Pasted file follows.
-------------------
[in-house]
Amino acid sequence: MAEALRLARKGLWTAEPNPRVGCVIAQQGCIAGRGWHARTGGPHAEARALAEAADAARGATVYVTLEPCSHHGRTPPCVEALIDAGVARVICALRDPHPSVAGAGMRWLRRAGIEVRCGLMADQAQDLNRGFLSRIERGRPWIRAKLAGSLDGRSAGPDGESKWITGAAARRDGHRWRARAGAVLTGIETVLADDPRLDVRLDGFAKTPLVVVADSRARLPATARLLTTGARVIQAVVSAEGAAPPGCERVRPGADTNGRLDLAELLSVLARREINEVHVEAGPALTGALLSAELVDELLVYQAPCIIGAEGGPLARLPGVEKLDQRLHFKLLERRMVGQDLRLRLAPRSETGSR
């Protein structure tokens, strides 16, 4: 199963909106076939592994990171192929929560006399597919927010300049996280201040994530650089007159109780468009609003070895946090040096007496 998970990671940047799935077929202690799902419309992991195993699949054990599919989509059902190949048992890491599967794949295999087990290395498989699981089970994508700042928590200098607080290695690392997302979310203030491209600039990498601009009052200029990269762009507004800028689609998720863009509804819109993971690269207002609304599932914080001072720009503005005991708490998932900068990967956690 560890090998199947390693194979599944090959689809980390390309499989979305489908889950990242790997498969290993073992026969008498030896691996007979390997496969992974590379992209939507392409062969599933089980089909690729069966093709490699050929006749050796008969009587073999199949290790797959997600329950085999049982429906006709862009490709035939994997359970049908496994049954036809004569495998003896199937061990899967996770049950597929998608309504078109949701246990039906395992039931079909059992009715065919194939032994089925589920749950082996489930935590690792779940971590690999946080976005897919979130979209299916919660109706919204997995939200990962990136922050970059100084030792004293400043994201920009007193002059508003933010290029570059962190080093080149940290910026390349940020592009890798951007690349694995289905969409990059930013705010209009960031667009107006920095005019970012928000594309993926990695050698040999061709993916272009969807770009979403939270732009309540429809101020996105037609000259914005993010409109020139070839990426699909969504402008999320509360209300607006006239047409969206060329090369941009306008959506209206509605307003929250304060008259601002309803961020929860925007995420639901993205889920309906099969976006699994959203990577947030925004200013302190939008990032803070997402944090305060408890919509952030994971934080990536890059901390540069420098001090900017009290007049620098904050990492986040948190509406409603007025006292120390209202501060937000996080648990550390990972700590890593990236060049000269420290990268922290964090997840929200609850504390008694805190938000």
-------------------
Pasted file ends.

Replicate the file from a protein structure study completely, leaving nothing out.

[in-house]
Amino acid sequence: MAEALRLARKGLWTAEPNPRVGCVIAQQGCIAGRGWHARTGGPHAEARALAEAADAARGATVYVTLEPCSHHGRTPPCVEALIDAGVARVICALRDPHPSVAGAGMRWLRRAGIEVRCGLMADQAQDLNRGFLSRIERGRPWIRAKLAGSLDGRSAGPDGESKWITGAAARRDGHRWRARAGAVLTGIETVLADDPRLDVRLDGFAKTPLVVVADSRARLPATARLLTTGARVIQAVVSAEGAAPPGCERVRPGADTNGRLDLAELLSVLARREINEVHVEAGPALTGALLSAELVDELLVYQAPCIIGAEGGPLARLPGVEKLDQRLHFKLLERRMVGQDLRLRLAPRSETGSR
């Protein structure tokens, strides 16, 4: 199963909106076939592994990171192929929560006399597919927010300049996280201040994530650089007159109780468009609003070895946090040096007496 998970990671940047799935077929202690799902419309992991195993699949054990599919989509059902190949048992890491599967794949295999087990290395498989699981089970994508700042928590200098607080290695690392997302979310203030491209600039990498601009009052200029990269762009507004800028689609998720863009509804819109993971690269207002609304599932914080001072720009503005005991708490998932900068990967956690 560890090998199947390693194979599944090959689809980390390309499989979305489908889950990242790997498969290993073992026969008498030896691996007979390997496969992974590379992209939507392409062969599933089980089909690729069966093709490699050929006749050796008969009587073999199949290790797959997600329950085999049982429906006709862009490709035939994997359970049908496994049954036809004569495998003896199937061990899967996770049950597929998608309504078109949701246990039906395992039931079909059992009715065919194939032994089925589920749950082996489930935590690792779940971590690999946080976005897919979130979209299916919660109706919204997995939200990962990136922050970059100084030792004293400043994201920009007193002059508003933010290029570059962190080093080149940290910026390349940020592009890798951007690349694995289905969409990059930013705010209009960031667009107006920095005019970012928000594309993926990695050698040999061709993916272009969807770009979403939270732009309540429809101020996105037609000259914005993010409109020139070839990426699909969504402008999320509360209300607006006239047409969206060329090369941009306008959506209206509605307003929250304060008259601002309803961020929860925007995420639901993205889920309906099969976006699994959203990577947030925004200013302190939008990032803070997402944090305060408890919509952030994971934080990536890059901390540069420098001090900017009290007049620098904050990492986040948190509406409603007025006292120390209202501060937000996080648990550390990972700590890593990236060049000269420290990268922290964090997840929200609850504390008694805190938000």